ISSN (Print) - 0012-9976 | ISSN (Online) - 2349-8846

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History Written in Its Entirety

Revisiting Marc Bloch’s Feudal Society

The Annales historical tradition has had little impact on Indian historiography despite being a major influence on the way the discipline of history is understood as well as practised in most parts of the world. This article engages with one of the foundational texts of Annales historiography on the occasion of its republication in India and suggests, through examples, a different method of doing history.

This article is substantively based on the introduction written for the new edition of Feudal Society being published by Routledge in India.

The brutal killing of Marc Bloch by the Gestapo and its French collaborators on 16 June 1944 in an open field for his active participation in resistance against the Nazi occupation of France is not his only entitlement to enormous respect within the world’s academia. In some measure it is even more due to the radical transformation his work effected in the study of societies, past and present. His Feudal Society, published between 1939 and 1940 in French and in 1961 in English, takes us far beyond the study of medieval Europe; it reformulates the mode of studying history and society. To begin with, it breaks the temporal barriers by looking at history as a continuous process from the past to the present and disciplinary barriers among social sciences by borrowing freely from them. It redefines change as imperceptible in its daily occurrence but “revolutionary” in long durèe perspectives, contrary to the construction of revolution as a single massive upheaval. It implicitly substitutes for the positivist/Marxist permanent causal hierarchy a moving conjuncture with shifting priorities relevant to each situation. And it enormously enlarges the space for the study of history and society by looking at them in their entirety, even as it avoids totalising explanations. The vast expansion of the historians’ database, way beyond archival records, came as a necessary corollary.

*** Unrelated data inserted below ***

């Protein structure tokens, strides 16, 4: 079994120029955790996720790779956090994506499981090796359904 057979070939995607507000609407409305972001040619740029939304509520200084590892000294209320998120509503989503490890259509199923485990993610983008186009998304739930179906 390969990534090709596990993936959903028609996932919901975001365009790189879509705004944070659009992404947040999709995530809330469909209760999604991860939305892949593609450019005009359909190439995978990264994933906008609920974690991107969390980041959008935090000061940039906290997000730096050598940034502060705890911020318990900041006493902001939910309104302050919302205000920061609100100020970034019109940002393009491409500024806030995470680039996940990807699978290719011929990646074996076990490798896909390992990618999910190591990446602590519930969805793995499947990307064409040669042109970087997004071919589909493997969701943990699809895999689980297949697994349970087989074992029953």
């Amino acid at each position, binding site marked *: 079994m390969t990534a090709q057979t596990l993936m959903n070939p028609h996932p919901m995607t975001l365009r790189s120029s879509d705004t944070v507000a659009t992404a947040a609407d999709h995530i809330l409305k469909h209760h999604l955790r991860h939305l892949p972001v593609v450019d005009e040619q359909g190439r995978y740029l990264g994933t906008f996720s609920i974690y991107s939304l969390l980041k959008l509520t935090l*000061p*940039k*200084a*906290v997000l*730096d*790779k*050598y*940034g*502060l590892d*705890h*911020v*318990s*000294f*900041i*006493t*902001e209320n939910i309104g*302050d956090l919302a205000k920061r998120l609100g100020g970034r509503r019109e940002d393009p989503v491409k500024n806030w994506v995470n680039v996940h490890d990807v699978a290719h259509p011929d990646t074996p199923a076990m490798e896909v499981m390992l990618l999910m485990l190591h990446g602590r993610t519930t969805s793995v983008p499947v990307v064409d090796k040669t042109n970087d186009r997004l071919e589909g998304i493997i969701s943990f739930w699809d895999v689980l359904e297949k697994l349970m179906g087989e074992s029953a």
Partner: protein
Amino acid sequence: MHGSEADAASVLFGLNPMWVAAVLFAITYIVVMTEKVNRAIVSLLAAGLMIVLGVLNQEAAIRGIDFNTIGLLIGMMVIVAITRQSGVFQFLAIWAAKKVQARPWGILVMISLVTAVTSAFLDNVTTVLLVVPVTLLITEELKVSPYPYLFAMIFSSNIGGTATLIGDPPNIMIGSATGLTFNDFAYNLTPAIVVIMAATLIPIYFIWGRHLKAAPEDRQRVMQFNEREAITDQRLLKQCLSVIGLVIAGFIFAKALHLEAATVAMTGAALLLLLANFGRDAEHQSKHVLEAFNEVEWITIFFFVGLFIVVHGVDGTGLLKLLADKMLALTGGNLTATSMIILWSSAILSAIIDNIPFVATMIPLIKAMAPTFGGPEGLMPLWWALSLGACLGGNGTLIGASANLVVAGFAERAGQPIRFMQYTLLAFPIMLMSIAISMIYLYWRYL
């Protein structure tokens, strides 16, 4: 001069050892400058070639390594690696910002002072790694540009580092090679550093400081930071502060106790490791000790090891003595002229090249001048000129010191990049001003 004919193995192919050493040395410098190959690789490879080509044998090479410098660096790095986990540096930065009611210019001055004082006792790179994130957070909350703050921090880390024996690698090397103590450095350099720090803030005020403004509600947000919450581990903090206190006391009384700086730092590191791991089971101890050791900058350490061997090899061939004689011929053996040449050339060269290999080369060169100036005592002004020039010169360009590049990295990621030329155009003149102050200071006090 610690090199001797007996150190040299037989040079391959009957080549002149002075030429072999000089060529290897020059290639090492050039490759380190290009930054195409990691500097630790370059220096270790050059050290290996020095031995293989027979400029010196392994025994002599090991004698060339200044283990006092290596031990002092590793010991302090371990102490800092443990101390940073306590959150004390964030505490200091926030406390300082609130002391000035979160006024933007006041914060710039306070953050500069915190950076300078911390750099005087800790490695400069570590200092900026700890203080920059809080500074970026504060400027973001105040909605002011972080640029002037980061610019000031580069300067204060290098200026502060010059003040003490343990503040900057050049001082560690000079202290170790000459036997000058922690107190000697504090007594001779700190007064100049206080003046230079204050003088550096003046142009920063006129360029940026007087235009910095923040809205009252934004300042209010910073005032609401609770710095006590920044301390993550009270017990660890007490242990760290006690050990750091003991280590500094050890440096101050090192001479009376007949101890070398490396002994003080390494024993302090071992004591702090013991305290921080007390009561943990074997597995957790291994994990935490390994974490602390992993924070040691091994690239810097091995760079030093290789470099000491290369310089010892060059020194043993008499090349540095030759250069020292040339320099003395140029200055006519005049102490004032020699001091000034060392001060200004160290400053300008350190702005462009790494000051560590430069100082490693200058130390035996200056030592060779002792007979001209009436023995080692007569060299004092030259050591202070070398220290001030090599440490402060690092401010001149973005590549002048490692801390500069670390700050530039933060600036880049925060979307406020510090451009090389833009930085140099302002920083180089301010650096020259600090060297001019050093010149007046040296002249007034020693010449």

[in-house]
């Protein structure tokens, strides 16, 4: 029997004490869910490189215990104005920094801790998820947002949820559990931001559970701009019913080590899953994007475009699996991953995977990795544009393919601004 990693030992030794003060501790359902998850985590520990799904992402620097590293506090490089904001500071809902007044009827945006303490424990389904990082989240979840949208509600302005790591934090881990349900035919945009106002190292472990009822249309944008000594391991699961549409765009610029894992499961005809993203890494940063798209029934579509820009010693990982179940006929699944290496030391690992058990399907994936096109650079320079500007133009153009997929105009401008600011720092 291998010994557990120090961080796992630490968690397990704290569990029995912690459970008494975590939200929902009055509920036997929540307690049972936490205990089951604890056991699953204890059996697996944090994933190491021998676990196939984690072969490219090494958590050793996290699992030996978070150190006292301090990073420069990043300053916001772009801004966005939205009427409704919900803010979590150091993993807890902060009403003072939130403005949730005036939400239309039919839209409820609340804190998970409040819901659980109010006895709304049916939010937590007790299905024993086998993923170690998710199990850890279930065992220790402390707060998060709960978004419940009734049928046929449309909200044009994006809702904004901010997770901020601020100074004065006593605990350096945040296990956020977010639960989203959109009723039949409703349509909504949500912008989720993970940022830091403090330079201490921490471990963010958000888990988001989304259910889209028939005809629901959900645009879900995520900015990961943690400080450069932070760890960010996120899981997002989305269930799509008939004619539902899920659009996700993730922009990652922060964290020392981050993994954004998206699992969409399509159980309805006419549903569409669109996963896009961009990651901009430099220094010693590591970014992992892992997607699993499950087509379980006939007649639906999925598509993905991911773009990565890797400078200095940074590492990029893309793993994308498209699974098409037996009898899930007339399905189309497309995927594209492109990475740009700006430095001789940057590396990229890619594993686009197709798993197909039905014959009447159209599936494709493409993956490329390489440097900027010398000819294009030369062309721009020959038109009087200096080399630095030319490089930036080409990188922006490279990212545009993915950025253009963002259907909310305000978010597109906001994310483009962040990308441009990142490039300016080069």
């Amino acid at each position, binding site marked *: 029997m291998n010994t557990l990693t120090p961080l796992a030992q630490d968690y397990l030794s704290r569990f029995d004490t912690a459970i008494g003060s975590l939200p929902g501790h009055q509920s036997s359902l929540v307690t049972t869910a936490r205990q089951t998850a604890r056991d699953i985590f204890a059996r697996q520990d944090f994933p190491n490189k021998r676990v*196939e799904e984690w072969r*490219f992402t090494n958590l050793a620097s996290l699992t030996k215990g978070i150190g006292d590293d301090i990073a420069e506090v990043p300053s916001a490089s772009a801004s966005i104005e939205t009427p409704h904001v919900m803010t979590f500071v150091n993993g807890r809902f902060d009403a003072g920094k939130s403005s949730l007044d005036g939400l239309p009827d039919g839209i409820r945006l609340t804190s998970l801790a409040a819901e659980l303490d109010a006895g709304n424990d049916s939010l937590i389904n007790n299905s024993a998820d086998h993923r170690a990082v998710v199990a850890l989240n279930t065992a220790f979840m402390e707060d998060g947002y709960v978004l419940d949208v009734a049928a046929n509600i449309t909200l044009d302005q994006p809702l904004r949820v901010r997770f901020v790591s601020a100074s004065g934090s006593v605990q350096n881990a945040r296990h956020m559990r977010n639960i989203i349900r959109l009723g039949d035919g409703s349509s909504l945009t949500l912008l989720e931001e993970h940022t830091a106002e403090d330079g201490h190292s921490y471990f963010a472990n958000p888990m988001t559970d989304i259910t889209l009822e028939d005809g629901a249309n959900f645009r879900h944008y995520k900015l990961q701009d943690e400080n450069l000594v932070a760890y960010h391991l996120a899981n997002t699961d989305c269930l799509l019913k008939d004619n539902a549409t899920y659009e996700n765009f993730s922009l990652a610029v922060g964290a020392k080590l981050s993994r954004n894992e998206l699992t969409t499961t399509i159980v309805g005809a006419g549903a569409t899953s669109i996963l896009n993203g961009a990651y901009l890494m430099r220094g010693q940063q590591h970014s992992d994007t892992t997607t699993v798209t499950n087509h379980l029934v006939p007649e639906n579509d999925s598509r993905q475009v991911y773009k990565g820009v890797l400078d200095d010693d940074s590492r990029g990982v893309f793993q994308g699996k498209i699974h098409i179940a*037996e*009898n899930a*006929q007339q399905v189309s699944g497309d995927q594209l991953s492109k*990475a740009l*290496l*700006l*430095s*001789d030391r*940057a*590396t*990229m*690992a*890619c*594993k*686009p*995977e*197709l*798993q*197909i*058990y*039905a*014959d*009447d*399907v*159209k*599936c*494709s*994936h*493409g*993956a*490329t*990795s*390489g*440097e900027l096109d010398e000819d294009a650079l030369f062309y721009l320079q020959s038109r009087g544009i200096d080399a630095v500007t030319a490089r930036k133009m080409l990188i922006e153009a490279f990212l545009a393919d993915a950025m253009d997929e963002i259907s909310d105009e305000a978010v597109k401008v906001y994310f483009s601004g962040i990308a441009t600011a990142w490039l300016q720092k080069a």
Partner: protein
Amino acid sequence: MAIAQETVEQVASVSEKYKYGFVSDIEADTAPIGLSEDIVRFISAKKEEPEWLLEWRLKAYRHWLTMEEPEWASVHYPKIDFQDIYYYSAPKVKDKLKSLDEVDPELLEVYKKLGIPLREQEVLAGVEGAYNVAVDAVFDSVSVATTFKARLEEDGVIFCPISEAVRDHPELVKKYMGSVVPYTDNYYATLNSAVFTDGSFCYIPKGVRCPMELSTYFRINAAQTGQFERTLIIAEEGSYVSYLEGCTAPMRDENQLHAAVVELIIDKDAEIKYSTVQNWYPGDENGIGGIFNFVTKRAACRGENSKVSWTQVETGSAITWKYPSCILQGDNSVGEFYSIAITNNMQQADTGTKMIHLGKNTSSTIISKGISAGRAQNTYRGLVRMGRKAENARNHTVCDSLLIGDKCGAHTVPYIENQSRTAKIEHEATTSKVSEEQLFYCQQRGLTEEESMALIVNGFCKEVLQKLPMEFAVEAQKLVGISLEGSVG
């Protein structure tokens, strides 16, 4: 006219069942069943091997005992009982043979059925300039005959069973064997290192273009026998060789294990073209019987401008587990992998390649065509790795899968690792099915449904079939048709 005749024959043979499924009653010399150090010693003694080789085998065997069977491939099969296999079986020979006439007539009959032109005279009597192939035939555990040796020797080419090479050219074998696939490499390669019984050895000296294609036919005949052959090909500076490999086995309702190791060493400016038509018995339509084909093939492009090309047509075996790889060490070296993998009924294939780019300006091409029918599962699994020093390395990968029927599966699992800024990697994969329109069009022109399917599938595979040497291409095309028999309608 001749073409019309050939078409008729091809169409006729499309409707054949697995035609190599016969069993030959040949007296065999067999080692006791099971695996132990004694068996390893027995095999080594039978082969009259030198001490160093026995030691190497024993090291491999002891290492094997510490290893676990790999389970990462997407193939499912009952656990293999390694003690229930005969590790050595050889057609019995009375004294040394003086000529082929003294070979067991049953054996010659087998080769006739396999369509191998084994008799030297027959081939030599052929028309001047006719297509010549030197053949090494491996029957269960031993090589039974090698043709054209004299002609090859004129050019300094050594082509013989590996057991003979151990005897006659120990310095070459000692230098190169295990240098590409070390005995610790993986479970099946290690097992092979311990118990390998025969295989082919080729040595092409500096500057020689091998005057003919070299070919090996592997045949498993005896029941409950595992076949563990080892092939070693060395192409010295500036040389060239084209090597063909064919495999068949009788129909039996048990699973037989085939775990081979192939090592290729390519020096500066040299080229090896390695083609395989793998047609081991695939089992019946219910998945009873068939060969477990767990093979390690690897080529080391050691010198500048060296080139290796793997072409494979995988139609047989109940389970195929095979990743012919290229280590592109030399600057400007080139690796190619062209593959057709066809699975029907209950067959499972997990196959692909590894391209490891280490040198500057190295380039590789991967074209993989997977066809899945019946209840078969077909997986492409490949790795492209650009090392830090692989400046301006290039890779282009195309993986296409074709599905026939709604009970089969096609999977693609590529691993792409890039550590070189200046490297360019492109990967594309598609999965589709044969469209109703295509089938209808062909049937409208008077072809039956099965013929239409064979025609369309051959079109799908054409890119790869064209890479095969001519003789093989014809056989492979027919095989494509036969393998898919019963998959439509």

Much has changed since the book was published, as Bloch had expected and indeed invited. Yet, some of the innovative methods, implicit rather than explicated, retain their value.

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